Organic Quinoa Thriving in Cool Coastal Climates


Prized for its versatility and nutritional value, quinoa is growing in popularity with home cooks and professional chefs alike. Closely related to beets and spinach, quinoa is prized for being an excellent source of protein with high levels of amino acids, vitamins, and fatty acids. Although quinoa is relatively new in North America, the crop has been grown in South America for centuries.

In 2010, a grant from OFRF proved instrumental in getting the quinoa research program at Washington State University off the ground. The project, led by Kevin Murphy, Plant Breeder and Assistant Professor at WSU, was prompted by organic farmers looking to diversify their cropping systems with underrepresented grains such as buckwheat, quinoa and spelt. Very little, if any, research had been done at the time.

Grown for its seed, quinoa is not a true grain. The crop is drought tolerant, grows well in saline soils, and thrives in cool climates. Temperatures above 95 degrees produce sterile quinoa that won’t get any seeds; too much moisture causes pre-harvest sprouting.

The ongoing research is focused on developing heat tolerant strains that mature early so the quinoa can be harvested before it rains, and also genetic resistance to pre-harvest sprouting. Early trials took place across Washington and North Dakota. Today, the team is conducting large-scale variety and breeding line trials on five organic farms across Washington, Oregon and Utah.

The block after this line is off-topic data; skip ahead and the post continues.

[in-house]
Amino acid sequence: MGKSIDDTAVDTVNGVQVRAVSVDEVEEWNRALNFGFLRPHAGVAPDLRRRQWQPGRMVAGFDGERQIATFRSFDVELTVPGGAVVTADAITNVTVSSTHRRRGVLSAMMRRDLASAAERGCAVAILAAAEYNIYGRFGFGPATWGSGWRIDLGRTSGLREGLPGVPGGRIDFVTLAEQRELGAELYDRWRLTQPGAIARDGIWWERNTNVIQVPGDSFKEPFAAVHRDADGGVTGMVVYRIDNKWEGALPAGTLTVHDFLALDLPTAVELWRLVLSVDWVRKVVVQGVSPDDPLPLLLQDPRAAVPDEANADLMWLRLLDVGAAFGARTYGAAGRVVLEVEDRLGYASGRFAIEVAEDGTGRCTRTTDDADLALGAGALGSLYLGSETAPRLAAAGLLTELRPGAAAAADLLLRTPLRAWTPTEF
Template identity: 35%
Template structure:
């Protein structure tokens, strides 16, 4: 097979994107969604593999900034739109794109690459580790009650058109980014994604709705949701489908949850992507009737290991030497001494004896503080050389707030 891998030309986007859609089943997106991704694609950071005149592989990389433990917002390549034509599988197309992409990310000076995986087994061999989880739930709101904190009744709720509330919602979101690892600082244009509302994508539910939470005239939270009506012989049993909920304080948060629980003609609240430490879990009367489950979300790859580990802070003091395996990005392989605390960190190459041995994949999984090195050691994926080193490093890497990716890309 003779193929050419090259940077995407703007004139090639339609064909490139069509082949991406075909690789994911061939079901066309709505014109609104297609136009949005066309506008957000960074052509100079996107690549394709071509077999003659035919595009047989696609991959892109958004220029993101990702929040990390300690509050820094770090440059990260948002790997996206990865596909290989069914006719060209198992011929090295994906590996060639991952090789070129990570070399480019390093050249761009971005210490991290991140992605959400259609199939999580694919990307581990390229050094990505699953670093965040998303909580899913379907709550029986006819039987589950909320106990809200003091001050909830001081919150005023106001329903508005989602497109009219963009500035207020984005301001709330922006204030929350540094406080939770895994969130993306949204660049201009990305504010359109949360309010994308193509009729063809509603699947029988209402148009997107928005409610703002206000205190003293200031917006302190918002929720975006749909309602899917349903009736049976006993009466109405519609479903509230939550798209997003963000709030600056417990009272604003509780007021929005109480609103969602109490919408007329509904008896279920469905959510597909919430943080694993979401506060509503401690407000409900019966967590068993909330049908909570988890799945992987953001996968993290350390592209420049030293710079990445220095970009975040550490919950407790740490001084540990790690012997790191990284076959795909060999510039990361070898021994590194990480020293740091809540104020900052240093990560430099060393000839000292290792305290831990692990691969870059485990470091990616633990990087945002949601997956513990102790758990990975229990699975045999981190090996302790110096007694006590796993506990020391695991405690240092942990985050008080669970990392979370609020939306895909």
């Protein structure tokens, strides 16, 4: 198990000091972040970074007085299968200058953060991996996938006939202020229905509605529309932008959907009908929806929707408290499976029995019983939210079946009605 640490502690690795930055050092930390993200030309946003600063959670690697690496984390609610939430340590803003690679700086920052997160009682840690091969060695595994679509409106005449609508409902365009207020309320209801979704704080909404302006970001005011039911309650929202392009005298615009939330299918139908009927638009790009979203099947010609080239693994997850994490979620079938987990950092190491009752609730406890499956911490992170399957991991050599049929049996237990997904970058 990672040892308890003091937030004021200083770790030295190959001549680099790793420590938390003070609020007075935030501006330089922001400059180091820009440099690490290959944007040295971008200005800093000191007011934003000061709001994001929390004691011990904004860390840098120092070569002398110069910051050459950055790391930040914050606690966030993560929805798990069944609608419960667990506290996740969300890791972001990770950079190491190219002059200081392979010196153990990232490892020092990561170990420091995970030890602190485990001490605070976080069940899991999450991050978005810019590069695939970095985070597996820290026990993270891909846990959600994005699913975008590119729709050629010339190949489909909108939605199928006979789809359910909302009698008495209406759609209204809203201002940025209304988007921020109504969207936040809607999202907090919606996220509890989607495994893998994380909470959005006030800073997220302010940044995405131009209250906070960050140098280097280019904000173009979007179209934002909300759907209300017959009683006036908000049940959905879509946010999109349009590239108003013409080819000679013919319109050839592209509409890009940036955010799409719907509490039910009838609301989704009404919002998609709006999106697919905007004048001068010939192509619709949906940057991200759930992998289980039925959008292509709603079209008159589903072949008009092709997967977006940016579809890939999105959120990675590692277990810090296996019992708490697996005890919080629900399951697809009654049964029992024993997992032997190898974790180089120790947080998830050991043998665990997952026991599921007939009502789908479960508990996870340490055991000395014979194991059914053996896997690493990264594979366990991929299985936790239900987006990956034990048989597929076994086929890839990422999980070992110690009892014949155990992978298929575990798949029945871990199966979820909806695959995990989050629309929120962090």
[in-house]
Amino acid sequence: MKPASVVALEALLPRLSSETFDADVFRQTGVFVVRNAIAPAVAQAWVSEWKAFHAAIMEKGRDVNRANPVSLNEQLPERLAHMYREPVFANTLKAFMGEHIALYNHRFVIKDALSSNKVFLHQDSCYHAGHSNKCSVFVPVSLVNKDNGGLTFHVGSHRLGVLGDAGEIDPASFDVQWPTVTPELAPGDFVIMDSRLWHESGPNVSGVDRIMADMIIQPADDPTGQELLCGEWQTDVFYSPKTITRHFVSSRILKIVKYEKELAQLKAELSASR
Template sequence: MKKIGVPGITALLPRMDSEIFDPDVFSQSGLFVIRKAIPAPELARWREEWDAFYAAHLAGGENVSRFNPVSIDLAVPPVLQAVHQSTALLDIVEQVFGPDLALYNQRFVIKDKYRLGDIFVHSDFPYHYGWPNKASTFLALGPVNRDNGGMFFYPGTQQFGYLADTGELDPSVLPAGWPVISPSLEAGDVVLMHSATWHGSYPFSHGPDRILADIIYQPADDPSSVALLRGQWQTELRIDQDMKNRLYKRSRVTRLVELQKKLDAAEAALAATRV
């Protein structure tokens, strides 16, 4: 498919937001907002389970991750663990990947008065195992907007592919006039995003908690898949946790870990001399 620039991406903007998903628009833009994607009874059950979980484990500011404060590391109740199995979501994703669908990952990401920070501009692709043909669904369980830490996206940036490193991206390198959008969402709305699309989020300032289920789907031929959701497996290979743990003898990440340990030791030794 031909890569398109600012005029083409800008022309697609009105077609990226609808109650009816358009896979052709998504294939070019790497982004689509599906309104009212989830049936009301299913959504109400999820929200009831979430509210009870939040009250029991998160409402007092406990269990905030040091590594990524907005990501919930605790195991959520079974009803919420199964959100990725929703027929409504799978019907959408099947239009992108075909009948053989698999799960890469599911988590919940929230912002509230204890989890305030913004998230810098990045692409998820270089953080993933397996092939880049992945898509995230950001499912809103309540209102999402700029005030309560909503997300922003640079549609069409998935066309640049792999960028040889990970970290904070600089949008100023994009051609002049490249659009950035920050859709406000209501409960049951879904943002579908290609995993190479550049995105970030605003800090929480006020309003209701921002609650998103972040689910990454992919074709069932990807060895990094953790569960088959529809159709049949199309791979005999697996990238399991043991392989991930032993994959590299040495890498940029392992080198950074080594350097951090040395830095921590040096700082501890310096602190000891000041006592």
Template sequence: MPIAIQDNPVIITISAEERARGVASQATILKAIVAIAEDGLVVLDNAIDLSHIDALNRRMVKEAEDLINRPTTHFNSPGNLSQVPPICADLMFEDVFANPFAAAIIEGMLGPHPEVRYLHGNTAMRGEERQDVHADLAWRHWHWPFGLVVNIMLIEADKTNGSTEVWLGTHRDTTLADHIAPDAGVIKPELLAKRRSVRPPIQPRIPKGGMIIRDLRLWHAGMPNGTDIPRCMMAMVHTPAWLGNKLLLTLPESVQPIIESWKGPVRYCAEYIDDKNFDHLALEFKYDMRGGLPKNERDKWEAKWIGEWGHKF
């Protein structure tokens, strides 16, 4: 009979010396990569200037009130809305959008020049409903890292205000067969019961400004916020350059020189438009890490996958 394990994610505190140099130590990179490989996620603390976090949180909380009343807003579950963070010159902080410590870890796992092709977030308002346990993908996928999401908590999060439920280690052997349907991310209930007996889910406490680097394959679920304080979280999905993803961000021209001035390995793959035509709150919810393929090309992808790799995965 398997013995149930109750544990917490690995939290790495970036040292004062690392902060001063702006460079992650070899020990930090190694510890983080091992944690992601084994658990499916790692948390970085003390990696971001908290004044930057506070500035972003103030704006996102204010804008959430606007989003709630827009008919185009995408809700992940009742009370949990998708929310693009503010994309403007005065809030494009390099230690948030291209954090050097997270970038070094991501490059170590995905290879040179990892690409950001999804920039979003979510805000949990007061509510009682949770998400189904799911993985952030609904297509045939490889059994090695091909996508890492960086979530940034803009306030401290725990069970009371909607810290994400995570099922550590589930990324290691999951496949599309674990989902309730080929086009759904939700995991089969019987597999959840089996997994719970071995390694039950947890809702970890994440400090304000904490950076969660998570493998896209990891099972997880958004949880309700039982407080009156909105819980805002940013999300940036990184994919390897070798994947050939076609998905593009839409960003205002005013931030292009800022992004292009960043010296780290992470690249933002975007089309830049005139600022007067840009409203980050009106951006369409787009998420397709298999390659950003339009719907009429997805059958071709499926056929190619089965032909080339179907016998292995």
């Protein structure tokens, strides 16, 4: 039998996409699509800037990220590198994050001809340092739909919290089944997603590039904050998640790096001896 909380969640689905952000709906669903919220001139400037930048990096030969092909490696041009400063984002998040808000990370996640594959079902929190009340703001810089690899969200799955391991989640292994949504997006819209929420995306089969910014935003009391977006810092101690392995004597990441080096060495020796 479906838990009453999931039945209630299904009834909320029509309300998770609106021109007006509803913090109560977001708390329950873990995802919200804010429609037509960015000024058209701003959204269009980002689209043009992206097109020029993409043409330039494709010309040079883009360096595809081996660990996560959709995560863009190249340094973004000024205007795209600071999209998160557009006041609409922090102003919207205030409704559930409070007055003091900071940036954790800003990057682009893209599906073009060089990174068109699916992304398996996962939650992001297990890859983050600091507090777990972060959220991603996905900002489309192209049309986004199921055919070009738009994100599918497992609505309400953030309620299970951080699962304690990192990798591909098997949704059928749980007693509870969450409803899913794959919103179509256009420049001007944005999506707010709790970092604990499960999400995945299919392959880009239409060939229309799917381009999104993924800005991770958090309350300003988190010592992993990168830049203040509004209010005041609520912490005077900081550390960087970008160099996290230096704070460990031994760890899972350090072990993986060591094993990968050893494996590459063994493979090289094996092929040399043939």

“Quinoa is interesting because it is such a unique plant,” says Adam Peterson, who managed one of the initial quinoa trials at WSU as a graduate student in 2011. Today, he works as a Quinoa Consultant with Lundberg Family Farms. Peterson says the difference in climate, even within just a few square feet, is a key factor in quinoa growth. Although there haven’t been many cycles of breeding in North America, Peterson says the plants that have grown well from seed are from areas with a similar latitude, such as southern and central Chile.

Lundberg Family Farms, an early leader in organic farming and long-time supporter of OFRF, is currently working with its fourth generation of students at WSU. They are experimenting with growing quinoa on farms in the Imperial Valley, Mendocino, Humboldt, and the Olympic Peninsula to determine the optimal strains and growing conditions. The yield from quinoa fields planted last spring at the Mushroom Farm in Pescadero (where the climate is very similar to that of south-central Chile) surpassed expectations.

View Kevin Murphy’s webinar, Organic Quinoa Production

Read more about the OFRF Funded project: Farmer based evolutionary participatory plant breeding for organic quinoa, buckwheat, and spelt

Read more about the OFRF Funded project: Organic Food Barley: Developing Nutritious and Delicious Varieties for the Pacific Northwest

Photo supplied by the International Center for Biosaline Agriculture